Our learnings and pattern recognition of successful traits in previous unicorns and market leading companies helped us sift through and identify the best founder-product-market fit models. A very strong network of GGV founders adds to our strong deal flow, referrals and the ability to identify and find that special management team that can create the next new model. Lastly, the GGV brand, with our expertise focus-driven investment thesis – wherea future vision kickstarts a deductive process that involves deep learning about a sector to drive investment decisions – also encourages a lot of quality inbound deal referrals from the CEOs themselves as well as our peers in the industry. GGV is also sometimes known as the “Switzerland of venture capital”. We are a preferred and value-added partner, not just for startup CEOs but also for other VCs in the market.
KrASIA: What were some of the characteristics of those firms when they were still small startups?
Lee: The common characteristics we often see are: 1) Great founder-product-market fit, 2) Driven by CEO and founders who can clearly articulate [their] vision, passion and unique advantage, 3) Great founder-VC fit; small startups need to accumulate the right ecosystem network from Day 1, leveraging the right angels/investor resources is key, 4) Founders who are open to listening, learning and adapting to market conditions.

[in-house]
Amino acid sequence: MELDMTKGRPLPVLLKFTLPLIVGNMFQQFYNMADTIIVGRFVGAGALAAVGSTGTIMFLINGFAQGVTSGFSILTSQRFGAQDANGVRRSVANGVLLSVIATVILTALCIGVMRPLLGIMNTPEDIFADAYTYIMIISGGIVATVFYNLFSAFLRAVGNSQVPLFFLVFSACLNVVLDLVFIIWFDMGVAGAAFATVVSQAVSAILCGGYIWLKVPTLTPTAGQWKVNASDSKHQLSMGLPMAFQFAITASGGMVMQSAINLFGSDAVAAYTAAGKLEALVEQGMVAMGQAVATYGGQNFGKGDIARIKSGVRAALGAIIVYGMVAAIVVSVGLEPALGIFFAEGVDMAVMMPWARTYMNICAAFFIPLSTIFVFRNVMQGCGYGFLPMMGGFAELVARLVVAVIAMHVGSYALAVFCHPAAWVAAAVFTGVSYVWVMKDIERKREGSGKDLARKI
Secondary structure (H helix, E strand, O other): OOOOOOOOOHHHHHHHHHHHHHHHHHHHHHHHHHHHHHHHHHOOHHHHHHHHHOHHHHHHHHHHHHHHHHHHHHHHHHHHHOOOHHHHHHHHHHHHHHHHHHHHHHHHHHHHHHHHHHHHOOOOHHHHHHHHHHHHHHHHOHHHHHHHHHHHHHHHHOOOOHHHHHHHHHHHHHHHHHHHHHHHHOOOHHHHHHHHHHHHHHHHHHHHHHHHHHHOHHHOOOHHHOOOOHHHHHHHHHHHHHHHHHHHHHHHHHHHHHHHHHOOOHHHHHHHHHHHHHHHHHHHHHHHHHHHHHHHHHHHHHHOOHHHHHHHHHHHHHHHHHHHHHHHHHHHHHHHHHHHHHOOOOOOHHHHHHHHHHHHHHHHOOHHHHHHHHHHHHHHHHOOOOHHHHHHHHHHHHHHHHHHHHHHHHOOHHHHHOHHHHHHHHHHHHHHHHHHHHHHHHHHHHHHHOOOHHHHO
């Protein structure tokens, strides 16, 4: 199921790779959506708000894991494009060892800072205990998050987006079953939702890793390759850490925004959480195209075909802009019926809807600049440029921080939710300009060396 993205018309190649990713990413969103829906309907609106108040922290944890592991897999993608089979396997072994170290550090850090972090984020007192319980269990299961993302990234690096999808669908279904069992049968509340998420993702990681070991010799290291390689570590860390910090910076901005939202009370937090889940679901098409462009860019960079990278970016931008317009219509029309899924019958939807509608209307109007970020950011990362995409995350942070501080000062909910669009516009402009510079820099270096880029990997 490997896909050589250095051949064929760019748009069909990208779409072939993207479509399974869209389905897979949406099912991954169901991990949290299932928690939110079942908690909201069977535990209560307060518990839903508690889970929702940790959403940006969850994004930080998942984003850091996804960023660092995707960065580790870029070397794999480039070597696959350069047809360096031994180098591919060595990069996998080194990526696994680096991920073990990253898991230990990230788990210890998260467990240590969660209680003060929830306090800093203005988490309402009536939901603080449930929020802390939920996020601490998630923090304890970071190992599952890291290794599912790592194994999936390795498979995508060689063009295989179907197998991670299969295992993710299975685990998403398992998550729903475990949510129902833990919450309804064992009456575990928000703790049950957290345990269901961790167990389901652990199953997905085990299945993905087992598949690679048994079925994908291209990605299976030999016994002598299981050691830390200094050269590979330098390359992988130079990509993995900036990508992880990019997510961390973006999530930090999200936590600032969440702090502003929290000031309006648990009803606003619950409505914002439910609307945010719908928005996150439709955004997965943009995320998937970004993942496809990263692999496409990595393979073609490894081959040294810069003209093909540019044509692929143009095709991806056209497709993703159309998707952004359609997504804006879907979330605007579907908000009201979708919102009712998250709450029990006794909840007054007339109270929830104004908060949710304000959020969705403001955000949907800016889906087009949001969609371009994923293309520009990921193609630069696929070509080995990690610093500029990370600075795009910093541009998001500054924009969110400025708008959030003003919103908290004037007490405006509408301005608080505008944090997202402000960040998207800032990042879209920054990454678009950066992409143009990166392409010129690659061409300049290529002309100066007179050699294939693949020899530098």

KrASIA: You’re known as someone whose investment strategies evolve with the marketas opposed to following a narrow thesis. What does that mean practically in terms of how you make investment decisions, compared to other investors?
Lee: I think it helps that I love what I do, I love engaging with founders and listening to their stories, even when it’s not our GGV investment sectors, and I love seeing how new models and new products can be created when we take ourselves out of our comfort zones and think out of the box.